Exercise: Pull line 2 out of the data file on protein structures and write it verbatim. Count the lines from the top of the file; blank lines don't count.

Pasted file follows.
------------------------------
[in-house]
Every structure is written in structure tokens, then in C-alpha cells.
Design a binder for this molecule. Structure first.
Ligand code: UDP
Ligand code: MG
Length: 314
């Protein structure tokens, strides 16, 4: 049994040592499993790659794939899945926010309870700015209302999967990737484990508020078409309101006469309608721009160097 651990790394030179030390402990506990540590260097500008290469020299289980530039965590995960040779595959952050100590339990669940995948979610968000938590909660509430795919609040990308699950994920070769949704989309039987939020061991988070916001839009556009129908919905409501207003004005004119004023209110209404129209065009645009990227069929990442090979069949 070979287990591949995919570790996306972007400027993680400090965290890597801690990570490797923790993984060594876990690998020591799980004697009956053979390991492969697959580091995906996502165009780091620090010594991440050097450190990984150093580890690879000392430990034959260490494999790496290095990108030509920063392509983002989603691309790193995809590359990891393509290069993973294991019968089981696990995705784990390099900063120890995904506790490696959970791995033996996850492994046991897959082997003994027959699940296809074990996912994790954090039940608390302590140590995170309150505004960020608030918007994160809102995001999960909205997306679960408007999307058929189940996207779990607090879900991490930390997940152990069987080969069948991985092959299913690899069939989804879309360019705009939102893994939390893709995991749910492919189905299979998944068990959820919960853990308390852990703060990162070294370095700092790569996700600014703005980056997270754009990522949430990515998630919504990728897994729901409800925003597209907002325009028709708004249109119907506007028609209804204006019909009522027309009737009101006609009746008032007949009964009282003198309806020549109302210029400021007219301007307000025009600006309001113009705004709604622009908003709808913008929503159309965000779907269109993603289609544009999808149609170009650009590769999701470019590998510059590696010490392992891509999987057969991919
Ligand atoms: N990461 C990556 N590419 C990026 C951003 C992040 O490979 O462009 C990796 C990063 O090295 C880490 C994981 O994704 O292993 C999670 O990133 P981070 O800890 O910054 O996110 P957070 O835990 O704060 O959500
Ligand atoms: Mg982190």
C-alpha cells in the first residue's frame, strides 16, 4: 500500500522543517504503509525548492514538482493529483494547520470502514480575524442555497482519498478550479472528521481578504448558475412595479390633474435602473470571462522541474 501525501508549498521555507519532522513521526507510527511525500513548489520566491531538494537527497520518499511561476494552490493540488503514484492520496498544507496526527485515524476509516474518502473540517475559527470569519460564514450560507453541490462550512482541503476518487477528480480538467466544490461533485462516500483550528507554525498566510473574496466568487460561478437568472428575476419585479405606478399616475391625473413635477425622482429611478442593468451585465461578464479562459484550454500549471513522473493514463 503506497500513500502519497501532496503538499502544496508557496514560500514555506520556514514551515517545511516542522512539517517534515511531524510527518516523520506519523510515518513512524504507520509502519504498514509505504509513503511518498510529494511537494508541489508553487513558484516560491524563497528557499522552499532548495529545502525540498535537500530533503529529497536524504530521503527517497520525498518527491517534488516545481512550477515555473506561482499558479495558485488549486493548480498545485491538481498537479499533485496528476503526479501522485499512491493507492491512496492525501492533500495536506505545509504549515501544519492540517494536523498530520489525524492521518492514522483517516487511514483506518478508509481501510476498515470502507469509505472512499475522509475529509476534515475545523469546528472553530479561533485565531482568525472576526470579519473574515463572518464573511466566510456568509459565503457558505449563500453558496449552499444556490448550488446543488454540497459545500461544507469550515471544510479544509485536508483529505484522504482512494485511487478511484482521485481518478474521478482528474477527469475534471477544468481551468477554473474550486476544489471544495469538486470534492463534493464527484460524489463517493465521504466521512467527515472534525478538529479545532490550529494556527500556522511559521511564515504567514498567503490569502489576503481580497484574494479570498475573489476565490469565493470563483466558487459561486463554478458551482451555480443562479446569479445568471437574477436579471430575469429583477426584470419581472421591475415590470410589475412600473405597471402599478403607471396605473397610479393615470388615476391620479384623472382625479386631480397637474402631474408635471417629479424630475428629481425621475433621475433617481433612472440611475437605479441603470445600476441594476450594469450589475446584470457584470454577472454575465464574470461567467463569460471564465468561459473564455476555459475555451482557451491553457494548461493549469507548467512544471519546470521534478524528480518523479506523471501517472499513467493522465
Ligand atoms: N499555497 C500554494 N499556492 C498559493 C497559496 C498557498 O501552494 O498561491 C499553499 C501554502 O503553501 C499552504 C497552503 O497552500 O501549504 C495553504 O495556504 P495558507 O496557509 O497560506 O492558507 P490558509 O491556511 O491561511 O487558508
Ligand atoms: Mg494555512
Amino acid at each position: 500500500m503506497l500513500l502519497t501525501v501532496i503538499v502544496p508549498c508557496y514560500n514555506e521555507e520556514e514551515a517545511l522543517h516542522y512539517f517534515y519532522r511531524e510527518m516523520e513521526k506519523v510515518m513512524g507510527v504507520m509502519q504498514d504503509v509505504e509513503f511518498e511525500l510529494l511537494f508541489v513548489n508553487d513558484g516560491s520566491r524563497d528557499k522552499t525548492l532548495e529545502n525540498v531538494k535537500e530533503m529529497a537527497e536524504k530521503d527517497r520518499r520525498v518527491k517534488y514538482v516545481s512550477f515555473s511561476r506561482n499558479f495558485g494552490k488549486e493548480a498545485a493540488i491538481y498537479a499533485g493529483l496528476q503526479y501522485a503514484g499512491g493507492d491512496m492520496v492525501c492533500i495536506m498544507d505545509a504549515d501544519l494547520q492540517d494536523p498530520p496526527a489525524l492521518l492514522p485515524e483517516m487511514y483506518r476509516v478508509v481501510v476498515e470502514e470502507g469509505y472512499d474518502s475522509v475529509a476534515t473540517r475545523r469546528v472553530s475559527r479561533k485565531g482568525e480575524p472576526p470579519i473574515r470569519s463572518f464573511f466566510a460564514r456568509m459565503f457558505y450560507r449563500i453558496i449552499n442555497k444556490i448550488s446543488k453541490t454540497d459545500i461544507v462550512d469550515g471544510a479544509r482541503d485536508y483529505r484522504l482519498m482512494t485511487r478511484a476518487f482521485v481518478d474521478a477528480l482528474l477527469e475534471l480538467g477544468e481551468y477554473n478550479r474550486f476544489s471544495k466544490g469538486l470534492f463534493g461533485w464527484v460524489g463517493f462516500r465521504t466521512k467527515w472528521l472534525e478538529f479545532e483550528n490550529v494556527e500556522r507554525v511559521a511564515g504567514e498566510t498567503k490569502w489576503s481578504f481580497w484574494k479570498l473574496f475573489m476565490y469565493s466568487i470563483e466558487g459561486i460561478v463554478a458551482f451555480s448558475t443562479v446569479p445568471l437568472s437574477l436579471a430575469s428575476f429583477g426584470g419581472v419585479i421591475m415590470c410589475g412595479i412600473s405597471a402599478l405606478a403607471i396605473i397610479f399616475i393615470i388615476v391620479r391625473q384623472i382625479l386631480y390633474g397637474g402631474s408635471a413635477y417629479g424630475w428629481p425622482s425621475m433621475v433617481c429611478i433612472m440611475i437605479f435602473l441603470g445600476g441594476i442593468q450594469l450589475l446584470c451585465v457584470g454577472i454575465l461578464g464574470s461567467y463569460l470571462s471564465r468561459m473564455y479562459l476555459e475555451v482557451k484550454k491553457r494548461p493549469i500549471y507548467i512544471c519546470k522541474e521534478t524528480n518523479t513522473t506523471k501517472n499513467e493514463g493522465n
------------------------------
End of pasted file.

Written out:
Every structure is written in structure tokens, then in C-alpha cells.